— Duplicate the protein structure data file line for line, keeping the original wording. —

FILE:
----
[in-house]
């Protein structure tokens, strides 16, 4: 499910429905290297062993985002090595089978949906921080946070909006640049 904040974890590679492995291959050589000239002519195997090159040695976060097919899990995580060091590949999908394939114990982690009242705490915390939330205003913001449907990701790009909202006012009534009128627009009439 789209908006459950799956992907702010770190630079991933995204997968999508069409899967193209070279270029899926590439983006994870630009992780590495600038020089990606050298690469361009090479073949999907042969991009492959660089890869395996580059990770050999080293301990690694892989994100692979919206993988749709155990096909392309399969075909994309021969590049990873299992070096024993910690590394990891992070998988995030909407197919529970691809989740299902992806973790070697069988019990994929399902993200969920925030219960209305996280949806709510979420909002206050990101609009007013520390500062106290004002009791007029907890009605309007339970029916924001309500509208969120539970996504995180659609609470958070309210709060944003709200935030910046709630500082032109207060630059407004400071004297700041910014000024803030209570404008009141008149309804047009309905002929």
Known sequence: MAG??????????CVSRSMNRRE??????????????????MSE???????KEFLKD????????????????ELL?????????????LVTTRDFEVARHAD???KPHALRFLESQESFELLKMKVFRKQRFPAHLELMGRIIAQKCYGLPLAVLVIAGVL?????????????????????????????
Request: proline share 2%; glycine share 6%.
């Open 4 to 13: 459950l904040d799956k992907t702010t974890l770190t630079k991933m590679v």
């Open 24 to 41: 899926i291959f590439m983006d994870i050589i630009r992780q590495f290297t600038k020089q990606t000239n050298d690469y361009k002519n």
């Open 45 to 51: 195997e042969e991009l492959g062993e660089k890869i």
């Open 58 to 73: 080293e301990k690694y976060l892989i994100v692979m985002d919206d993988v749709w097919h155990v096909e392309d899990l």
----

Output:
[in-house]
């Protein structure tokens, strides 16, 4: 499910429905290297062993985002090595089978949906921080946070909006640049 904040974890590679492995291959050589000239002519195997090159040695976060097919899990995580060091590949999908394939114990982690009242705490915390939330205003913001449907990701790009909202006012009534009128627009009439 789209908006459950799956992907702010770190630079991933995204997968999508069409899967193209070279270029899926590439983006994870630009992780590495600038020089990606050298690469361009090479073949999907042969991009492959660089890869395996580059990770050999080293301990690694892989994100692979919206993988749709155990096909392309399969075909994309021969590049990873299992070096024993910690590394990891992070998988995030909407197919529970691809989740299902992806973790070697069988019990994929399902993200969920925030219960209305996280949806709510979420909002206050990101609009007013520390500062106290004002009791007029907890009605309007339970029916924001309500509208969120539970996504995180659609609470958070309210709060944003709200935030910046709630500082032109207060630059407004400071004297700041910014000024803030209570404008009141008149309804047009309905002929």
Known sequence: MAG??????????CVSRSMNRRE??????????????????MSE???????KEFLKD????????????????ELL?????????????LVTTRDFEVARHAD???KPHALRFLESQESFELLKMKVFRKQRFPAHLELMGRIIAQKCYGLPLAVLVIAGVL?????????????????????????????
Request: proline share 2%; glycine share 6%.
């Open 4 to 13: 459950l904040d799956k992907t702010t974890l770190t630079k991933m590679v």
């Open 24 to 41: 899926i291959f590439m983006d994870i050589i630009r992780q590495f290297t600038k020089q990606t000239n050298d690469y361009k002519n």
């Open 45 to 51: 195997e042969e991009l492959g062993e660089k890869i």
């Open 58 to 73: 080293e301990k690694y976060l892989i994100v692979m985002d919206d993988v749709w097919h155990v096909e392309d899990l």